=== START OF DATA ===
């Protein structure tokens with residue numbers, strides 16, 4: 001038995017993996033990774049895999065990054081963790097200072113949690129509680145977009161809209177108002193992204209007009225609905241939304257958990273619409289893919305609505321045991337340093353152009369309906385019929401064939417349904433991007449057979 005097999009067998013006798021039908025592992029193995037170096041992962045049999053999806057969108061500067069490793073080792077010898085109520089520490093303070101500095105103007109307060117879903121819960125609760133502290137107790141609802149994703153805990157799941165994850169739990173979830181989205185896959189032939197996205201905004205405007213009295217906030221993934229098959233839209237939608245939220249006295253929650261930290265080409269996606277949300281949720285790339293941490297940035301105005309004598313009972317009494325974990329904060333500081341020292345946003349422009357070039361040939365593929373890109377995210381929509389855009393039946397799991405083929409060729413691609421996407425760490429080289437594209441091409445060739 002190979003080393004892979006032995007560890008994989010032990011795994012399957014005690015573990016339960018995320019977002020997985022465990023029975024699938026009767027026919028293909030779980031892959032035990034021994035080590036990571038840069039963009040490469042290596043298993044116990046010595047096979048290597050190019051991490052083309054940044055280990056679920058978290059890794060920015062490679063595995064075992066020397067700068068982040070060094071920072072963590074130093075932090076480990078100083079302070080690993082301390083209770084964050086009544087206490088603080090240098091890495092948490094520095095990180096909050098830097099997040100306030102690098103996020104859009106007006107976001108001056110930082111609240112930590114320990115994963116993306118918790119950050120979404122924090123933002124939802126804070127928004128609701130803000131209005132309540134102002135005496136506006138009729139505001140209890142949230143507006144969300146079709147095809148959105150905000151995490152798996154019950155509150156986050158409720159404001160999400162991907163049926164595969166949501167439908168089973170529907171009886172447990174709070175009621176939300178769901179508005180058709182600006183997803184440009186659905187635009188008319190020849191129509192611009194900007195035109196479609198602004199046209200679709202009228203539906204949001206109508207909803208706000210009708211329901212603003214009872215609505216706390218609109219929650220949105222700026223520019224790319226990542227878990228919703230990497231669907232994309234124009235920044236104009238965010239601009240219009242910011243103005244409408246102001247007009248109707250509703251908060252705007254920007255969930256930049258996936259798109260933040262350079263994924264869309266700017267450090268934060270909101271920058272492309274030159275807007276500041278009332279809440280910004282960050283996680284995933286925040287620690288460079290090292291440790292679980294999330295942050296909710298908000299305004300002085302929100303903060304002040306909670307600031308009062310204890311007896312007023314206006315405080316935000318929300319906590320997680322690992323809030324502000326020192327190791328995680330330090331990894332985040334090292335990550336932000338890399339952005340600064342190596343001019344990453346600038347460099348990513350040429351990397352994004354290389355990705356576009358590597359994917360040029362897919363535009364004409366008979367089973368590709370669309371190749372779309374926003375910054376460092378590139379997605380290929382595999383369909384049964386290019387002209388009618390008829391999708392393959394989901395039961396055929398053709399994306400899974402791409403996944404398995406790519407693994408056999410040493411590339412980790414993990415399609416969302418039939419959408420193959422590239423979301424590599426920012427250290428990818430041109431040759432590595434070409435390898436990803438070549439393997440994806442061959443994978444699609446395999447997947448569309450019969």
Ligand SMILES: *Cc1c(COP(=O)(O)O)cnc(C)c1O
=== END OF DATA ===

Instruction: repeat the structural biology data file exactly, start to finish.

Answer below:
């Protein structure tokens with residue numbers, strides 16, 4: 001038995017993996033990774049895999065990054081963790097200072113949690129509680145977009161809209177108002193992204209007009225609905241939304257958990273619409289893919305609505321045991337340093353152009369309906385019929401064939417349904433991007449057979 005097999009067998013006798021039908025592992029193995037170096041992962045049999053999806057969108061500067069490793073080792077010898085109520089520490093303070101500095105103007109307060117879903121819960125609760133502290137107790141609802149994703153805990157799941165994850169739990173979830181989205185896959189032939197996205201905004205405007213009295217906030221993934229098959233839209237939608245939220249006295253929650261930290265080409269996606277949300281949720285790339293941490297940035301105005309004598313009972317009494325974990329904060333500081341020292345946003349422009357070039361040939365593929373890109377995210381929509389855009393039946397799991405083929409060729413691609421996407425760490429080289437594209441091409445060739 002190979003080393004892979006032995007560890008994989010032990011795994012399957014005690015573990016339960018995320019977002020997985022465990023029975024699938026009767027026919028293909030779980031892959032035990034021994035080590036990571038840069039963009040490469042290596043298993044116990046010595047096979048290597050190019051991490052083309054940044055280990056679920058978290059890794060920015062490679063595995064075992066020397067700068068982040070060094071920072072963590074130093075932090076480990078100083079302070080690993082301390083209770084964050086009544087206490088603080090240098091890495092948490094520095095990180096909050098830097099997040100306030102690098103996020104859009106007006107976001108001056110930082111609240112930590114320990115994963116993306118918790119950050120979404122924090123933002124939802126804070127928004128609701130803000131209005132309540134102002135005496136506006138009729139505001140209890142949230143507006144969300146079709147095809148959105150905000151995490152798996154019950155509150156986050158409720159404001160999400162991907163049926164595969166949501167439908168089973170529907171009886172447990174709070175009621176939300178769901179508005180058709182600006183997803184440009186659905187635009188008319190020849191129509192611009194900007195035109196479609198602004199046209200679709202009228203539906204949001206109508207909803208706000210009708211329901212603003214009872215609505216706390218609109219929650220949105222700026223520019224790319226990542227878990228919703230990497231669907232994309234124009235920044236104009238965010239601009240219009242910011243103005244409408246102001247007009248109707250509703251908060252705007254920007255969930256930049258996936259798109260933040262350079263994924264869309266700017267450090268934060270909101271920058272492309274030159275807007276500041278009332279809440280910004282960050283996680284995933286925040287620690288460079290090292291440790292679980294999330295942050296909710298908000299305004300002085302929100303903060304002040306909670307600031308009062310204890311007896312007023314206006315405080316935000318929300319906590320997680322690992323809030324502000326020192327190791328995680330330090331990894332985040334090292335990550336932000338890399339952005340600064342190596343001019344990453346600038347460099348990513350040429351990397352994004354290389355990705356576009358590597359994917360040029362897919363535009364004409366008979367089973368590709370669309371190749372779309374926003375910054376460092378590139379997605380290929382595999383369909384049964386290019387002209388009618390008829391999708392393959394989901395039961396055929398053709399994306400899974402791409403996944404398995406790519407693994408056999410040493411590339412980790414993990415399609416969302418039939419959408420193959422590239423979301424590599426920012427250290428990818430041109431040759432590595434070409435390898436990803438070549439393997440994806442061959443994978444699609446395999447997947448569309450019969």
Ligand SMILES: *Cc1c(COP(=O)(O)O)cnc(C)c1O